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Dark Skies

While looking at the technology within Frosty Drew Observatory it is easy to forget that our greatest resource after people is our dark skies. Few places in the eastern United States have such consistently dark skies. One very well known science writer claimed that there were no dark skies in New England below the midpoints of Vermont and New Hampshire. Well he is wrong for his very own proof of light pollution [a night time reconnaissance photo of North America taken from high orbit] contradicts him. Amid an eastern seaboard awash in light the land between Point Judith and Westerly is conspicuously black!

What a cherished luxury this is for visitors. Recently, a couple from New York looked up to see a band of shadowy light arcing across the sky. "What", they pointed in wonder "is that?" We answered "Why, it's the Milky Way." They were astounded. They thought that the Milky Way was some sort of a mythical thing far removed from "the real world".

What a wasteful and foolish thing it is to pour uncounted unused megawatts of power into the sky. The only conceivable use for upward directed light is lighting up the underbellies of birds and planes. No lover of the night sky wants to see the sky polluted by artificial light. Upward directed light is wasteful of energy, money and even the light itself. A simple reflector places the light where it is useful; requires smaller cheaper lower wattage bulbs and avoids annoying neighbors. Upward directed light is foolish because useless glare fails at the very function intended. Huge "security lamps", the types designed for industrial loading docks actually decrease the security when used by homeowners. They are so bright that they cast shadows where house breakers can lurk, completely hidden.

Lights where they are not needed actually attract undesirable attention. If a park is closed at night, a huge light on a pond is likely to attract midnight bathers rather than dissuade them. Such lights are harmful to wildlife interrupting natural night time behaviors, mating patterns and reproductive cycles. The extra light stimulates the unwanted growth of pond scum. Local police have told me that gates which had passed unnoticed in the dark became a challenge to pranksters when they were unnecessarily illuminated.

It is obvious that members of Frosty Drew Observatory have a vested interest in keep our fine dark skies dark. However as a taxpayer the idea of illuminating the sky with un-shielded lamps makes no sense. Using larger wattage, shorter lived, more expensive bulbs makes no sense when a simple reflector would do the job better and cheaper. Keeping lights on where they provide no public good simply doesn't make much sense. Lets keep our beautiful dark skies forever. They are part of what keeps southern Rhode Island so lovely.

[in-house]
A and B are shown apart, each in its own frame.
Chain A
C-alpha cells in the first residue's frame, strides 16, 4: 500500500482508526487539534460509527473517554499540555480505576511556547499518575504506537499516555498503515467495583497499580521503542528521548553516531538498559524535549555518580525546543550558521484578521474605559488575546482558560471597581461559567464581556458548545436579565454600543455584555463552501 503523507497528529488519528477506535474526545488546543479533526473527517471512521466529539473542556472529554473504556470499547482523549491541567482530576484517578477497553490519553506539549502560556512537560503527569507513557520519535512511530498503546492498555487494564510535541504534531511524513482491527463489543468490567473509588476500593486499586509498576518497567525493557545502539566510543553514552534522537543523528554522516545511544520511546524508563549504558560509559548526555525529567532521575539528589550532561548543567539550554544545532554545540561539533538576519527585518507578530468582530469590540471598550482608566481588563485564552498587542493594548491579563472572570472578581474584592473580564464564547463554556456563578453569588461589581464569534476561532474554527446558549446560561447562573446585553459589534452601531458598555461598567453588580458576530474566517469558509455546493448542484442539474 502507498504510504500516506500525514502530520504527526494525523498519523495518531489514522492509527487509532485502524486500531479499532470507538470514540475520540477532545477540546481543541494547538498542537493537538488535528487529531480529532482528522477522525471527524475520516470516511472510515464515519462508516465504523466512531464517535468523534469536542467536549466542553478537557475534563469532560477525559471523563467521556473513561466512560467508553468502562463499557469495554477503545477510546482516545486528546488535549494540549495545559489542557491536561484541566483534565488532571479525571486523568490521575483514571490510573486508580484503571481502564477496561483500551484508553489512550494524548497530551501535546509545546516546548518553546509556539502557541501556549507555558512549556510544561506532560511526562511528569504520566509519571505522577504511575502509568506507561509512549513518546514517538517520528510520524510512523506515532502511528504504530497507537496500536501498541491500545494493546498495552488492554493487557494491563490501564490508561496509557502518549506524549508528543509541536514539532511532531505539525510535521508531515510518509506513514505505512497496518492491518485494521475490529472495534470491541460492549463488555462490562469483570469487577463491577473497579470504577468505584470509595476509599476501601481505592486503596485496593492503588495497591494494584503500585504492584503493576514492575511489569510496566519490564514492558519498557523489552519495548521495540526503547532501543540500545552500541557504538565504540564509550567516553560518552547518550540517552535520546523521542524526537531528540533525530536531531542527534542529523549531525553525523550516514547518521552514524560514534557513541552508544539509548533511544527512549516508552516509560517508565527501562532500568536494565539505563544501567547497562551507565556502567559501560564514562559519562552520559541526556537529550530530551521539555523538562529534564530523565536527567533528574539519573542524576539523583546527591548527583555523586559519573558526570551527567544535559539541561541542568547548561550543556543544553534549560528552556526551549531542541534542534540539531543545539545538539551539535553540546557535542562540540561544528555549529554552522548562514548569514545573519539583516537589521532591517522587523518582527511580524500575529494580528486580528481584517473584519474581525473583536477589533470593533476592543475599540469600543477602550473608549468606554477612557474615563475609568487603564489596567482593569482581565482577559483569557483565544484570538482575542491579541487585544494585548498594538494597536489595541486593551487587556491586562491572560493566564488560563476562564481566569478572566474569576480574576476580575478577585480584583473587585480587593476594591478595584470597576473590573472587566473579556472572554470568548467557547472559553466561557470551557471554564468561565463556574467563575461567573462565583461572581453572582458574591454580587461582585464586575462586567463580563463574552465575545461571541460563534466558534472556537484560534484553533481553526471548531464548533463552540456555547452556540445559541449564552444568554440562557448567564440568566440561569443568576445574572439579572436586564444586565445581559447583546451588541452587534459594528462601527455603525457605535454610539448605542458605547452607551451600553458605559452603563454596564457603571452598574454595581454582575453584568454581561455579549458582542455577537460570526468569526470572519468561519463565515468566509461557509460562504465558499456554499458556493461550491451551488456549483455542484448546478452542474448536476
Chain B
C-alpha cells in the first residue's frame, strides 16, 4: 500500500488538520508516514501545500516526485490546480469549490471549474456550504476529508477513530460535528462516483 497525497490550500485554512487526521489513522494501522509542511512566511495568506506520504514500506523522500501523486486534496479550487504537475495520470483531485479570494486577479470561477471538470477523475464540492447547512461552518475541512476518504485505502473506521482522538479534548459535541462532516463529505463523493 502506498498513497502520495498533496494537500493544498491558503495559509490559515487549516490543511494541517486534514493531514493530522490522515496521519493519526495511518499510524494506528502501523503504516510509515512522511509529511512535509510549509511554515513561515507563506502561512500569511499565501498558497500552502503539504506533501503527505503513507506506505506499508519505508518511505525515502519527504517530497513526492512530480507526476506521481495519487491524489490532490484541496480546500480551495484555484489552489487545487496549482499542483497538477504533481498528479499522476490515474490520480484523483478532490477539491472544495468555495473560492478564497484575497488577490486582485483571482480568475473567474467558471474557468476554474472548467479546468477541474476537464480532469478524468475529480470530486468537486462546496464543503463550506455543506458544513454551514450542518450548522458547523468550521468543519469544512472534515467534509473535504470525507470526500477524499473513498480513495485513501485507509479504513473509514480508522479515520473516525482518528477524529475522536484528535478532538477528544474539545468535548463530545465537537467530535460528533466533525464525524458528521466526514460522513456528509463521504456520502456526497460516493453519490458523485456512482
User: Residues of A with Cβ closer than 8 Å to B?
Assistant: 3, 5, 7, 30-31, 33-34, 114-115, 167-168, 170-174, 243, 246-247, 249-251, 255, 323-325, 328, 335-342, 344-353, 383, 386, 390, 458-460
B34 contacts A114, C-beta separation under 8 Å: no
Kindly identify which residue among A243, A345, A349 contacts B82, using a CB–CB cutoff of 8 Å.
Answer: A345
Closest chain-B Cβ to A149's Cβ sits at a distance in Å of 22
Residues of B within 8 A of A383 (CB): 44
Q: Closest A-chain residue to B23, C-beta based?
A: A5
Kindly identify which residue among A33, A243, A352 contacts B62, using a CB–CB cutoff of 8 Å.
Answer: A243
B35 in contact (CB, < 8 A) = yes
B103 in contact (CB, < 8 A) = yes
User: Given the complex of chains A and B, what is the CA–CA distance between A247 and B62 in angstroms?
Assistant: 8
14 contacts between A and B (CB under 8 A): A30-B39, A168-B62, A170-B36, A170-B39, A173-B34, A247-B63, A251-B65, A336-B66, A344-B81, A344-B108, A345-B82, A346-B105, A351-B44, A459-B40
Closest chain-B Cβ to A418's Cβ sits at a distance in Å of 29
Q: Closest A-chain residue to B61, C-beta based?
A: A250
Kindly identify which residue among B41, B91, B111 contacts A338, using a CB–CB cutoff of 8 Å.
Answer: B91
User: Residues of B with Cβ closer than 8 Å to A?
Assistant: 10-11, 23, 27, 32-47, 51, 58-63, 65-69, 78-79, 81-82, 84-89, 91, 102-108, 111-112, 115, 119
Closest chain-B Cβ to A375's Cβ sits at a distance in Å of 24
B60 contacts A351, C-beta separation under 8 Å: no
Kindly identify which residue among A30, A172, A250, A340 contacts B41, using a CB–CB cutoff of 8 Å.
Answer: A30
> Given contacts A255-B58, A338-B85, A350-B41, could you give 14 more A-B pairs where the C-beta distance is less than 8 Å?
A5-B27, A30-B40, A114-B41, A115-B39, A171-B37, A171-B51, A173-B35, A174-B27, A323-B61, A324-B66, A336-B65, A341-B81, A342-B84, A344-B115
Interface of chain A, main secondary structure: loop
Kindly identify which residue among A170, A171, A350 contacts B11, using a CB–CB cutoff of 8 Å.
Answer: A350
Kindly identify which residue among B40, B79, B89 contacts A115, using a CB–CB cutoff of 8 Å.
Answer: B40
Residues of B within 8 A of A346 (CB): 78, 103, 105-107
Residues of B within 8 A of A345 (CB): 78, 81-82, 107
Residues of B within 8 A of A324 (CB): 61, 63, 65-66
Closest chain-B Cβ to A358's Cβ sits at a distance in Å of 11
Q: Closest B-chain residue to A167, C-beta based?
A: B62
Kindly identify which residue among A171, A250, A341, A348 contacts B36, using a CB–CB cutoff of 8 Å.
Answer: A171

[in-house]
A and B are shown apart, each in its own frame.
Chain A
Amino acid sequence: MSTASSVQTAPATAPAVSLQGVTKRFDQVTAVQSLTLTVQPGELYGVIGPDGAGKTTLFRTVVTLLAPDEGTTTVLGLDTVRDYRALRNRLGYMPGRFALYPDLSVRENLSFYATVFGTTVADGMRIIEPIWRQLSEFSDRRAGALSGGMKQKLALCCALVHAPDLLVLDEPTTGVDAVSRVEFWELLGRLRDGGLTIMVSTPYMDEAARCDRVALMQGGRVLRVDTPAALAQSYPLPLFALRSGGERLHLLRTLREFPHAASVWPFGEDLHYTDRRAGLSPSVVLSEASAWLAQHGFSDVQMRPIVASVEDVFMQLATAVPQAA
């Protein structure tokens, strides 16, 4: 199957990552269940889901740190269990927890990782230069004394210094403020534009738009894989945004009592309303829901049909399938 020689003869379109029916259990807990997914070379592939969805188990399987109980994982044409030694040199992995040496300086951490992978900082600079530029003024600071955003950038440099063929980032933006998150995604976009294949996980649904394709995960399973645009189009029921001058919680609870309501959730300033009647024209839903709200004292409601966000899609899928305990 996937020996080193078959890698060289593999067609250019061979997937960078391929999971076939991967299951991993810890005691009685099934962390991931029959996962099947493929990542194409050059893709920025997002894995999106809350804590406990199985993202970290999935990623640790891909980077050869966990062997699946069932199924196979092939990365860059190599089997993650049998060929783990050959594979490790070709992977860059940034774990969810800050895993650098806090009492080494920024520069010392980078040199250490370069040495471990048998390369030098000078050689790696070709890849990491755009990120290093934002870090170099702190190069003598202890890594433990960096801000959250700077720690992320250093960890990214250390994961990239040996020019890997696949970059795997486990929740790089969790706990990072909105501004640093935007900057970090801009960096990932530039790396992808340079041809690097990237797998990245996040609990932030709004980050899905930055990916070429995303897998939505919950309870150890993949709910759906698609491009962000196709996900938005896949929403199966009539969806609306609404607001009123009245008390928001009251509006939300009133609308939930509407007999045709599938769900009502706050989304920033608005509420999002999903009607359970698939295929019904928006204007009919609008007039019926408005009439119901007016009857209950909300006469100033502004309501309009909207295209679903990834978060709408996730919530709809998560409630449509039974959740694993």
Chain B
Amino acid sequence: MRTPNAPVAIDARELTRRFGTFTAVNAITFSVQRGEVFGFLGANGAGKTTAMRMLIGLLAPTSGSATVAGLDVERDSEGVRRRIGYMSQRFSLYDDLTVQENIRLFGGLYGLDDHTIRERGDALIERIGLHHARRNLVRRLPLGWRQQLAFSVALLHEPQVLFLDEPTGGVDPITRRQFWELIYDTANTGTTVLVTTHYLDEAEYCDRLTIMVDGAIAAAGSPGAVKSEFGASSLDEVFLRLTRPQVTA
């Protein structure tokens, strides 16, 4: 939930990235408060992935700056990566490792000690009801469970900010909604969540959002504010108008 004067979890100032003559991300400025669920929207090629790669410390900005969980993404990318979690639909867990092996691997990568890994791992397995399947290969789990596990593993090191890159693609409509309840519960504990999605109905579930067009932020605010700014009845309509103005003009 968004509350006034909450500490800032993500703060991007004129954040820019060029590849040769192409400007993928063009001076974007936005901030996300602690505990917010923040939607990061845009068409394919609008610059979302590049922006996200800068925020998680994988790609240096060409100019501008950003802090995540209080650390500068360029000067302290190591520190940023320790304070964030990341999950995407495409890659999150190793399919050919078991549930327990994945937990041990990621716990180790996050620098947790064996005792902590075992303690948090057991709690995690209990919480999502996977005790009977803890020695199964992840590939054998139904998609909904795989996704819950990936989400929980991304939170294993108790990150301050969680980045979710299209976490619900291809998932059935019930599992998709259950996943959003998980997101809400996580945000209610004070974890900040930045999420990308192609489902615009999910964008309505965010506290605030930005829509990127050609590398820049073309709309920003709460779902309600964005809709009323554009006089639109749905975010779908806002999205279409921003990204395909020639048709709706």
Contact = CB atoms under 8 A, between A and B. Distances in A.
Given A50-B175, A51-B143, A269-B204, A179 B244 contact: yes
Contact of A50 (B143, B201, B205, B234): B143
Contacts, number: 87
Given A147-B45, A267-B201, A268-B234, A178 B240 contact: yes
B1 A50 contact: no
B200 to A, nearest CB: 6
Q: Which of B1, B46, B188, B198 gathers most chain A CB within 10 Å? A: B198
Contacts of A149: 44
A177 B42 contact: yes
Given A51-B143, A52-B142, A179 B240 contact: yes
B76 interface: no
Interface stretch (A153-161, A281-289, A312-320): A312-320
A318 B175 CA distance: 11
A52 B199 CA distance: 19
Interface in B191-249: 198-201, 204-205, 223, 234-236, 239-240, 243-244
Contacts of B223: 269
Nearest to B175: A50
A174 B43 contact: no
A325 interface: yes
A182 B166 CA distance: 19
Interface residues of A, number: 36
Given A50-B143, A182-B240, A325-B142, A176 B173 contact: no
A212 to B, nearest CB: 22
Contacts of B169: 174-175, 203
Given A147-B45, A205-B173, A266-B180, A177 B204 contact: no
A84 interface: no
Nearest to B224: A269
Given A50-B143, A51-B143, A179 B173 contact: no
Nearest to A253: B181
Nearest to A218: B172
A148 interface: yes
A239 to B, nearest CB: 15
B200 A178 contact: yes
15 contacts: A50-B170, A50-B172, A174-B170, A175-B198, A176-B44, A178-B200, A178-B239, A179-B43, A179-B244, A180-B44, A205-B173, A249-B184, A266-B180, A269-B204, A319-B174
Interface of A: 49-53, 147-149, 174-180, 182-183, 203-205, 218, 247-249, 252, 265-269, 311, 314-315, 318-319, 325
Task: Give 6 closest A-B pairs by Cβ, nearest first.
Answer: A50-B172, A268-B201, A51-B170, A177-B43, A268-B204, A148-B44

Have you looked out to the East these evenings about 10 PM? The triangle formed by Jupiter, Saturn and Aldebaran in the middle of the constellation Taurus is stunning. Flying above them is the Plieades and swarming around them is the Hyades cluster. Just below Taurus, Orion the greatest of all of the constellations rises an hour later. Together these two constellation are a complete astronomy course. With a good pair of binoculars on a study support you can count at least 4 moons of Jupiter and 2 or 3 moons of Saturn as well as a glimpse of the famous rings. The open clusters are swarms of juvenile stars. The central star of Orion's sword is not a star but a stellar nursery. Nearby Betelgeuse is approaching the end of its life cycle.

We had the incredible good fortune to recently get nearly perfect conditions for viewing Saturn. At 313 power we saw details that some of us had never seen in as long as 50 years of viewing. We saw the almost invisible innermost ring (the translucent Crepe Ring). At the outer edge we saw the extremely narrow and hard to find Encke Gap. We could see storms on the surface of the planet, more than a half dozen moons, shadows of the planet on the rings and shadows of the rings on the planet. This Fall - particularly during October - will be one of the best times to view Saturn. Its rings are tilted very wide allowing details usually hidden to be seen.

This very same night we also saw huge storms raging across the surface of Jupiter. These storm belts are wider than the Earth and moving two or three times faster than any storm has ever moved on our planet. We could see curlicues and eddies within the storms. We saw its four largest moons as distinct disks. And if this wasn't enough we also saw more than 50 other sky wonders. And who are the "we" that I am talking about? Why visitors to Frosty Drew Observatory - more than 60 of them this night. We hope you'll join them on the next clear moonless night.

Leslie Coleman
Author:
Leslie Coleman
Entry Date:
Oct 1, 2000
Published Under:
Leslie Coleman's Columns
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